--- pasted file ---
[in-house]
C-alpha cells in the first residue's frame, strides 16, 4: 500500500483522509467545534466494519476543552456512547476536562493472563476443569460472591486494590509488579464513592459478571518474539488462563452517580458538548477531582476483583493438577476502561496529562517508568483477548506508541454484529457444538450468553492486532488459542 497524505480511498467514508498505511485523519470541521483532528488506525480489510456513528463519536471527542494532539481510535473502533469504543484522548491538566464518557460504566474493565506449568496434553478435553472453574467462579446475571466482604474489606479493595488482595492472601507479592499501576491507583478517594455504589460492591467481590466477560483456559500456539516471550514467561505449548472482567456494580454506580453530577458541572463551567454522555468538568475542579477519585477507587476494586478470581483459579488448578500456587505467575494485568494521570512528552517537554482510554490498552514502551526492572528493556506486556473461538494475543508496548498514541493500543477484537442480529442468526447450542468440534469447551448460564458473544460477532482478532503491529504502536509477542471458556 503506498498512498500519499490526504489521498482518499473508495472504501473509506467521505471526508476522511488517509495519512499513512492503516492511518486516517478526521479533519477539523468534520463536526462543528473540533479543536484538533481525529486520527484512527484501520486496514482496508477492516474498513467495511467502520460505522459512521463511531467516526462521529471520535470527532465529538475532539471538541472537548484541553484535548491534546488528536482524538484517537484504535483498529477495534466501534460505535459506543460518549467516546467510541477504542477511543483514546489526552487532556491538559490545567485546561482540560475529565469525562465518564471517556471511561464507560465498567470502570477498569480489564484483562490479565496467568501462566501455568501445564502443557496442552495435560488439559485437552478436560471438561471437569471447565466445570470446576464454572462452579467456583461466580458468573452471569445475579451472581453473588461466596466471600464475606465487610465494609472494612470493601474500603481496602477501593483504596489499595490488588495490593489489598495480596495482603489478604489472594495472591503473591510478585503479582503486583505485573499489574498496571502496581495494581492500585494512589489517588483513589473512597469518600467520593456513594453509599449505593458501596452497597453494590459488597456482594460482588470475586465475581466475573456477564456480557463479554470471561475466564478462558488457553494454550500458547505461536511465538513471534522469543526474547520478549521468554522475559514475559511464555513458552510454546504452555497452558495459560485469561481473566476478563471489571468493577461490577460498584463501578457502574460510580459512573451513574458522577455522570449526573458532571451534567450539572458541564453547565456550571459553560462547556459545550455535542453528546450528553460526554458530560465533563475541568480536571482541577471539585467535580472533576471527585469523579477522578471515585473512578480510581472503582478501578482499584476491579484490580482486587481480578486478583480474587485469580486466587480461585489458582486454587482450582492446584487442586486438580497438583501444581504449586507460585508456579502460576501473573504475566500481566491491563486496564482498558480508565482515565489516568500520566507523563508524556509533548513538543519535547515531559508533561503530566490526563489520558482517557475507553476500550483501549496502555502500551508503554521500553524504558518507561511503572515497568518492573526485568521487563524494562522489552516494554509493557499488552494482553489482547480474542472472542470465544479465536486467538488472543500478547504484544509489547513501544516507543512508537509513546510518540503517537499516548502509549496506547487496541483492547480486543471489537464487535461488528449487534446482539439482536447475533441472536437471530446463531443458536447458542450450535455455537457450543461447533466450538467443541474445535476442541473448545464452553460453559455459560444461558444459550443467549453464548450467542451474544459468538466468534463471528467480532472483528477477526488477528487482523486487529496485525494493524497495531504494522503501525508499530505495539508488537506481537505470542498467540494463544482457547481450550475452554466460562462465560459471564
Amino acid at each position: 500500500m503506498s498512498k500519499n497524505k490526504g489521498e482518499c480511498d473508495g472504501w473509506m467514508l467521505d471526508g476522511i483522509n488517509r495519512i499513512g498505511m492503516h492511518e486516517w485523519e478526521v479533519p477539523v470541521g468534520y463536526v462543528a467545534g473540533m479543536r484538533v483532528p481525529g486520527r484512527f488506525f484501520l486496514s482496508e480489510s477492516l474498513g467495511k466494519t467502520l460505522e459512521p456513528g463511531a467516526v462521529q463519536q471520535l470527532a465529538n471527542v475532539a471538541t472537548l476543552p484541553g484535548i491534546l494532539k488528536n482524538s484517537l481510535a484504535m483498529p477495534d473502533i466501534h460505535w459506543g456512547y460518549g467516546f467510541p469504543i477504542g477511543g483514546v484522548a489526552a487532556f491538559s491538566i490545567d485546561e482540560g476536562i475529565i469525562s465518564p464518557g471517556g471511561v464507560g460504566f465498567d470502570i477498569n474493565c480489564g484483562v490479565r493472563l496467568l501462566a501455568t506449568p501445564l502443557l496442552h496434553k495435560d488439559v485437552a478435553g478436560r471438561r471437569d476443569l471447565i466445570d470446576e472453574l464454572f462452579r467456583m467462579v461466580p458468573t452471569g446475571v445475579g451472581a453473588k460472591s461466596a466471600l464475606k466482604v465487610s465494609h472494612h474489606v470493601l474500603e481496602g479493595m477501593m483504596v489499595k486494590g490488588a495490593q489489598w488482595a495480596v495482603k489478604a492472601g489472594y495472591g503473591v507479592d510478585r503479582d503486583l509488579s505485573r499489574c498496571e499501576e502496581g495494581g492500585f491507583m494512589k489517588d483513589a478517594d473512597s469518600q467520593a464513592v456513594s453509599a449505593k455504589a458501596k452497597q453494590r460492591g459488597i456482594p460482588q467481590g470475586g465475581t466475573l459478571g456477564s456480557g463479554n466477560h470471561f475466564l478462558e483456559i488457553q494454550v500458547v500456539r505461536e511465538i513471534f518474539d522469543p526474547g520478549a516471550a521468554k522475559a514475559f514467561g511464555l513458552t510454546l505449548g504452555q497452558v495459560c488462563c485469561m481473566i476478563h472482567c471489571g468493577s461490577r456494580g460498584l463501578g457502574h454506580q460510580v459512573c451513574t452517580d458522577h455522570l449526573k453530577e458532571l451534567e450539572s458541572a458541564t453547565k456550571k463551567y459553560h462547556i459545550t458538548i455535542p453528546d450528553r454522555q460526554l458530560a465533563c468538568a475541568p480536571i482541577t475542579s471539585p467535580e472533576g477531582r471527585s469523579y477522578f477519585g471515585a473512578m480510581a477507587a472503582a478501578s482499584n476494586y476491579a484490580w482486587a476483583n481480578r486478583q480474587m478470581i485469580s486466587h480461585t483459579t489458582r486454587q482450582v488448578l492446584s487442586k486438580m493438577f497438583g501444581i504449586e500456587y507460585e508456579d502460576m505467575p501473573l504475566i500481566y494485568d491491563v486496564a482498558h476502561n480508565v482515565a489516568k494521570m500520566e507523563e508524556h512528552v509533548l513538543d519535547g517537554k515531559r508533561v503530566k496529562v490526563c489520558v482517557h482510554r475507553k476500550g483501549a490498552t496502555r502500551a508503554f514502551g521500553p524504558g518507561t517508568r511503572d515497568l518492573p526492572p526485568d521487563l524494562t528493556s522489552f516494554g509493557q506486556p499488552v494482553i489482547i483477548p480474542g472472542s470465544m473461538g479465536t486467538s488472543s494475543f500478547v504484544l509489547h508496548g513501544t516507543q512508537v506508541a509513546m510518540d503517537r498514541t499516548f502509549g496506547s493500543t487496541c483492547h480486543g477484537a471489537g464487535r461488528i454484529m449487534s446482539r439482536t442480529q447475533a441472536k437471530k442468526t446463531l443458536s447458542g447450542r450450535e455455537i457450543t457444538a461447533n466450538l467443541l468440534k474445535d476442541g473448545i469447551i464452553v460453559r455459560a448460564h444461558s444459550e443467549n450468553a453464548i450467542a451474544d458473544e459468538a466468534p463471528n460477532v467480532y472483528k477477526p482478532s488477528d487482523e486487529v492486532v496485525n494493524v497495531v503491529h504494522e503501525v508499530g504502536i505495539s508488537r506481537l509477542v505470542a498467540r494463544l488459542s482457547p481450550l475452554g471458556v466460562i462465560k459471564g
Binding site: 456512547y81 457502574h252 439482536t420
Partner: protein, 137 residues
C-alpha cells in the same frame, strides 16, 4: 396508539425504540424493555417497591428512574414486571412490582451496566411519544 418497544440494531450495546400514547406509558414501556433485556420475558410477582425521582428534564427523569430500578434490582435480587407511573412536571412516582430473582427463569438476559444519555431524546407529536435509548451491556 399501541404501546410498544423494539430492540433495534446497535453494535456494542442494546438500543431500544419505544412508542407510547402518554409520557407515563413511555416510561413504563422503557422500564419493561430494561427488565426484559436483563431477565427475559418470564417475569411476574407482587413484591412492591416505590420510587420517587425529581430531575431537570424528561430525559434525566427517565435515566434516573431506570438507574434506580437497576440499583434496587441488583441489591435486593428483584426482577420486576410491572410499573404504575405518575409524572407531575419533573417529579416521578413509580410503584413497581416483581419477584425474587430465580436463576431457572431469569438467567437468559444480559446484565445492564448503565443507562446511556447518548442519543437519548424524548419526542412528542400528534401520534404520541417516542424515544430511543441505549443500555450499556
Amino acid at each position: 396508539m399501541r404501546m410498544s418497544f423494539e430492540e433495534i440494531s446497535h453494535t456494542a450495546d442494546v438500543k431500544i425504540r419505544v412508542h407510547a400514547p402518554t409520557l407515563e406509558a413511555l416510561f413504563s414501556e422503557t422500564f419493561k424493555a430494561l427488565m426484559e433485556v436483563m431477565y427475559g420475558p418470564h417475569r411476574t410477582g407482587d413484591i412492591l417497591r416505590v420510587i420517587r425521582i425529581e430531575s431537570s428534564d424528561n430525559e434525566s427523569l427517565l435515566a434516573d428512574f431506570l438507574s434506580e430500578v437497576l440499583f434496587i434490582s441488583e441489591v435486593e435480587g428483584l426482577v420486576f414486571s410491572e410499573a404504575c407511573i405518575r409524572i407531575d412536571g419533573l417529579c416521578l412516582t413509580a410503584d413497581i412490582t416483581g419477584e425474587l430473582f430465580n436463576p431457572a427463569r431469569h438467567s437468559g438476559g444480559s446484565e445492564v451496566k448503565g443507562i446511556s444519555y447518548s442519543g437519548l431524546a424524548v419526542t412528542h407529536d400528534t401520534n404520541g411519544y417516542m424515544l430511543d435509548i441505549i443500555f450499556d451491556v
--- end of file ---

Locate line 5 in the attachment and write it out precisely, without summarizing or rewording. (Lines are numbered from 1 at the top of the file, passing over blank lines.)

Partner: protein, 137 residues